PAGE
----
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CityU Library Reviews “Information Doesn’t Want to be Free: Laws for the Internet age”
Review by Carolyne Begin
“Information doesn’t want to be free, people do.” Doctorow, 2014
This phrase exemplifies the core idea that Cory Doctorow expresses in this book. He goes on to explain that people want the freedom to interact with their devices and information in any way they can imagine. They want to watch movies on the bus, listen to the hippest new song, share information with people around the world, and download software that they need, among other things.
What people don’t want are restrictions and rules that prevent them from accomplishing these tasks. Being free will not always refer to the price of an item, as it can describe the way in which the item can be used. Many people do buy movies, books, and music on the internet but many regulations decide where they can be used. The author does not advocate for eliminating copyright, but does encourage it to be used the way it was intended: to protect the artists. He goes on to state that much of the digital rights management (DRM) that is in place today does not protect artists. Many times, a company with more power negotiates contracts that ensure that the company benefits, while artists receive very little of the monetary value.
Doctorow would like to provide alternatives for this model. The book does so by stating a number of examples of people making money on the internet without giving up digital rights (himself included) or people making money by putting their work online “for free.” The lesson to be learned is that people want to pay for art, but when they have no other choice, piracy is often the easiest way to get what they want.
Another issue that the book addresses is the security and privacy of users when they use their devices. Copyright, and its consequences, have not been at the forefront of the public’s mind in the past, but they are barriers to the freedom of information. They are also a barrier to owning the devices that we use every day. With the use of digital locks, we give up control of our devices and allow companies in. A recent example would be the addition of U2’s new album on all devices with ITunes whether you wanted it or not. While some digital locks benefit the user (software patches, virus detection), should they be added to our devices without consent or knowledge?
Technology has changed the way we receive information so much in past decades that it is time to reconsider copyright. As stated by Apple co-founder Steve Wozniak, this has been so challenging “because on the one hand, information wants to be expensive, because it’s so valuable. […] On the other hand, information wants to be free, because the cost of getting it out is getting lower and lower all the time” (as cited in Doctorow, 2014, p.94). As a group we will need to find a balance between these elements while we continue to explore new ways to get information. This stands to make an impact on more than just the entertainment industry, and the stakes are higher than ever.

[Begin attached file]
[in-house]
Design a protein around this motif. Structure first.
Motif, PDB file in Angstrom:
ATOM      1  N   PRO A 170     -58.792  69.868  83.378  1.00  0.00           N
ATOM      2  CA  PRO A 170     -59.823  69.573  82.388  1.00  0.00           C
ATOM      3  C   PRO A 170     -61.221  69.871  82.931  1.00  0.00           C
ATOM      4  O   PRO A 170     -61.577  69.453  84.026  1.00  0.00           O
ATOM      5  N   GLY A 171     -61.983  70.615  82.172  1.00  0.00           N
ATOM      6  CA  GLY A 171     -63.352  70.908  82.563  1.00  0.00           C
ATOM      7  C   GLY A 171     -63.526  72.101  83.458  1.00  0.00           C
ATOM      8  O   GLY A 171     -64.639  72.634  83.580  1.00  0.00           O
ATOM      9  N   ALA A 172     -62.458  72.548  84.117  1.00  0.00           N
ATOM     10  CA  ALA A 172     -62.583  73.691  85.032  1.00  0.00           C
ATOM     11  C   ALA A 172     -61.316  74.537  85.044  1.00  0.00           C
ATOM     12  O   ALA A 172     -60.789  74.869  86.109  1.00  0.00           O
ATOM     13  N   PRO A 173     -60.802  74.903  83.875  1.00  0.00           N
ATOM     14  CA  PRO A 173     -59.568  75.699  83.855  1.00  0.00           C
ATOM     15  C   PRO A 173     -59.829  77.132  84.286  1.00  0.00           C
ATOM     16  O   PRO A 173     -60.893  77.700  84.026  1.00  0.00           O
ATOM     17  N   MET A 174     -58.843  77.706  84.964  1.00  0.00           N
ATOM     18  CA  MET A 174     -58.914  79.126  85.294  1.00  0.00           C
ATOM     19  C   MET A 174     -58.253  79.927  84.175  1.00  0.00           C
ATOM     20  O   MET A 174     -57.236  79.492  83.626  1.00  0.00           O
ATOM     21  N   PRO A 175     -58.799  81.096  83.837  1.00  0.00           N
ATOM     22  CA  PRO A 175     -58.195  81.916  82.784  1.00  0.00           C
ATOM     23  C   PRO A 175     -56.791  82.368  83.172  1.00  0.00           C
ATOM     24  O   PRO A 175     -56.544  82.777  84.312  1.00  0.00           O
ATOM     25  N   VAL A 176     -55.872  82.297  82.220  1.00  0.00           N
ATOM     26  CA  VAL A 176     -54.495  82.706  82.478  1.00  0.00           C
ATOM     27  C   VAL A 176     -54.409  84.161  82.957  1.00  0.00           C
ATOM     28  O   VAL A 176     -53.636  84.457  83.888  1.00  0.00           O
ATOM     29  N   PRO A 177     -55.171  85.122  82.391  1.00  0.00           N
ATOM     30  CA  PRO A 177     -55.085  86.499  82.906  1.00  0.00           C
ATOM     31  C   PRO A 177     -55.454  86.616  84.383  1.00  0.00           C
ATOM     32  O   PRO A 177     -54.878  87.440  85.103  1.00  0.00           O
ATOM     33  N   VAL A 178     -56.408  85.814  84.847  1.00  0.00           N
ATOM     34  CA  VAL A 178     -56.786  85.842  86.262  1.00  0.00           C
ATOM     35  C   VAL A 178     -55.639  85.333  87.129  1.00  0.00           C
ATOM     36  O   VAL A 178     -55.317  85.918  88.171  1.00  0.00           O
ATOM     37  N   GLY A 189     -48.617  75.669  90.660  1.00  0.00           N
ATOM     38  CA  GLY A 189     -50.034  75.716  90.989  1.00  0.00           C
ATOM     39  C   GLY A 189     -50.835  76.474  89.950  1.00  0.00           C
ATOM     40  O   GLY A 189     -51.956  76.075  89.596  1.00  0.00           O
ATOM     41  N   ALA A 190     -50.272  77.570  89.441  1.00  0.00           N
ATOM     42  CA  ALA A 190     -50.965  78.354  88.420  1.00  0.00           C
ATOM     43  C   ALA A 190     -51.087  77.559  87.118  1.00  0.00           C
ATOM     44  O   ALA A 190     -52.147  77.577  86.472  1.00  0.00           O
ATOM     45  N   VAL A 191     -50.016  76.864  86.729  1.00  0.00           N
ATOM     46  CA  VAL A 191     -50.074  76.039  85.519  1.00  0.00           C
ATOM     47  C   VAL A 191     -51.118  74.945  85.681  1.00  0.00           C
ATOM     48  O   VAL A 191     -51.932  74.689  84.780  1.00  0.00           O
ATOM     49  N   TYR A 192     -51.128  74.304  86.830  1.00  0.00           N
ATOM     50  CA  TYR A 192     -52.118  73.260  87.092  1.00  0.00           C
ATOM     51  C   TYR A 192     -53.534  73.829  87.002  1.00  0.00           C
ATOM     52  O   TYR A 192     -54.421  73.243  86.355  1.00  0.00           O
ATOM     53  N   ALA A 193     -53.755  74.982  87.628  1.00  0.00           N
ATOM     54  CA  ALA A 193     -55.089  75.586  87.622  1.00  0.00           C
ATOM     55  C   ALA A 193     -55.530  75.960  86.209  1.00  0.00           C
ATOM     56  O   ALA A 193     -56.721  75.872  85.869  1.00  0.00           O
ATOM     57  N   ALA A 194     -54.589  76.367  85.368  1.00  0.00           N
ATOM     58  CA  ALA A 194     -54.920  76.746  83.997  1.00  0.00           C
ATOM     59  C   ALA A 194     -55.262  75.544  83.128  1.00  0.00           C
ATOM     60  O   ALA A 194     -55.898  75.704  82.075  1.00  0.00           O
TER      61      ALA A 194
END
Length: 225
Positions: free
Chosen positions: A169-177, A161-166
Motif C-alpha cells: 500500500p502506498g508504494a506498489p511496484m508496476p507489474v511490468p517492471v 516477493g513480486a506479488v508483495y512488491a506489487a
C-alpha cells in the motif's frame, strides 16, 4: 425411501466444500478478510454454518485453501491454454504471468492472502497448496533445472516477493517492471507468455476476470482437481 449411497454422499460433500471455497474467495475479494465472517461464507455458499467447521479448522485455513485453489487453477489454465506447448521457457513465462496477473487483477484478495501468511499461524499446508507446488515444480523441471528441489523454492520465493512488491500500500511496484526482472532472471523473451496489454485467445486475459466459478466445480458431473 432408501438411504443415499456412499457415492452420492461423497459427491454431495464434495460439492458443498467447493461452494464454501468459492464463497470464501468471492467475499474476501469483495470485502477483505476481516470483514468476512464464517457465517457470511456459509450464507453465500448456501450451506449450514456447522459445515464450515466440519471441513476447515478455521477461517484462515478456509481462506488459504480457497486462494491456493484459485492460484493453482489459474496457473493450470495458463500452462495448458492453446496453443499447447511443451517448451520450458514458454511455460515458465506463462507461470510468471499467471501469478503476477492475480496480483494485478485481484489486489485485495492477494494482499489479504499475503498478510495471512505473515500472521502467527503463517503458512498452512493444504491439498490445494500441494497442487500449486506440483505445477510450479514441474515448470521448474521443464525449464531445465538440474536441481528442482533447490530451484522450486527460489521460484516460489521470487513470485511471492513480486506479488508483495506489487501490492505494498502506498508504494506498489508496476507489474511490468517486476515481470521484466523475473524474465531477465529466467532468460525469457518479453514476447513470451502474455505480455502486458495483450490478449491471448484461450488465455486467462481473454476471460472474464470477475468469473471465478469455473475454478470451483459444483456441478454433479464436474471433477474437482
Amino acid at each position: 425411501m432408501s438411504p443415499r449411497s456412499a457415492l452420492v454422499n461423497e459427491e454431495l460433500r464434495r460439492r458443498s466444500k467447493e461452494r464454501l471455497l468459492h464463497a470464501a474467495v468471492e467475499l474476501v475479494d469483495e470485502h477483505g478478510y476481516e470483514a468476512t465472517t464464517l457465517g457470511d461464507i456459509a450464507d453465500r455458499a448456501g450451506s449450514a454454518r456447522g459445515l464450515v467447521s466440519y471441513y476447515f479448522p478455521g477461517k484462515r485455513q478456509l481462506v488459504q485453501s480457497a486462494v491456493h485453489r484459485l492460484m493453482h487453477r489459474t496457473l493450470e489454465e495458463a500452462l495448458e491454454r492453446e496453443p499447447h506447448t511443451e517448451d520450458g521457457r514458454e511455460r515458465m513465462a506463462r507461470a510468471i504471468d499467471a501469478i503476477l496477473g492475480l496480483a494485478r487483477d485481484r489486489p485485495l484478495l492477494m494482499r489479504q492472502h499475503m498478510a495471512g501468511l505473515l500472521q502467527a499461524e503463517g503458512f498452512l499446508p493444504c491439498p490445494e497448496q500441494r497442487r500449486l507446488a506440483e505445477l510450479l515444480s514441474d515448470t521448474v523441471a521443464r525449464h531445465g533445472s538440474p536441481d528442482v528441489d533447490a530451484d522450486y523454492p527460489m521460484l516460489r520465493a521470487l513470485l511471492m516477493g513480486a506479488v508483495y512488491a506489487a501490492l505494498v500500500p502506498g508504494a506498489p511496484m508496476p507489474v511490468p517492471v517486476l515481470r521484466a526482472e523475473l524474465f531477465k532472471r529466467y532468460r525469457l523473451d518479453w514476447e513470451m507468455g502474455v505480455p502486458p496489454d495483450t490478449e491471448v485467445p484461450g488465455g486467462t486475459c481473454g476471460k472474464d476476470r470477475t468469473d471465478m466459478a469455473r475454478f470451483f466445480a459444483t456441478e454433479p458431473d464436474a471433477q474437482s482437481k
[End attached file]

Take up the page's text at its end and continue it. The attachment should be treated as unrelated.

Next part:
Doctorow, C., Palmer, A., & Gaiman, N. (2014). Information doesn’t want to be free: Laws for the Internet age. San Francisco, CA: McSweeney’s. 162 pages. Check WorldCat.org to find a copy at the library closest to you.
There are a variety of disciplines which might benefit from exploring the themes discussed in Information doesn’t want to be free. For example:
Information Security [The Technology Institute and Criminal Justice]: This book discusses elements of copyright and the technology used to enforce it in a digital world. There are many current examples and stories that relate to present-day practice in software development. There is also a lengthy discussion of digital locks and the effect it can have on the security of users’ private information.
Copyright, DRM, and Fair Use [All programs where faculty use online or copyrighted resources]: It seems broad to say that copyright affects all of us, but in academics we often use information and resources that are not our own. What are the consequences of our actions? Who gets credit for the resources that we use and who controls the DRM (digital right management) of these resources? As we have learned from the new restrictions imposed by Harvard, copyright is a challenge for academics as much as for artists.
Please note: Resources listed with [Login Required] are available to CityU students, faculty and staff, and may be available to other readers through their local libraries.
- Brevet, T. (2013, February 13). The DRM Chair [Video file]. Retrieved from https://vimeo.com/60475086
- Electronic Frontier Foundation. (n.d.). Retrieved from https://www.eff.org
- Lawrence Lessig [Blog]. (n.d.). Retrieved from http://www.lessig.org/ (Lessig is a professor at Harvard Law School and director of the Edmond J. Safra Center for Ethics)
- O’Hanley, R., & Tiller, J. S. (Eds). (2014). Information security management handbook. [Login Required]
- Thompson, C. (2015, March). How the photocopier changed the way we worked—and played. Smithsonian.
CityU Library book reviews feature materials relevant to academic programs. Each review includes curriculum connections and a list of related resources. We hope you enjoy learning and discovering new resources with us!
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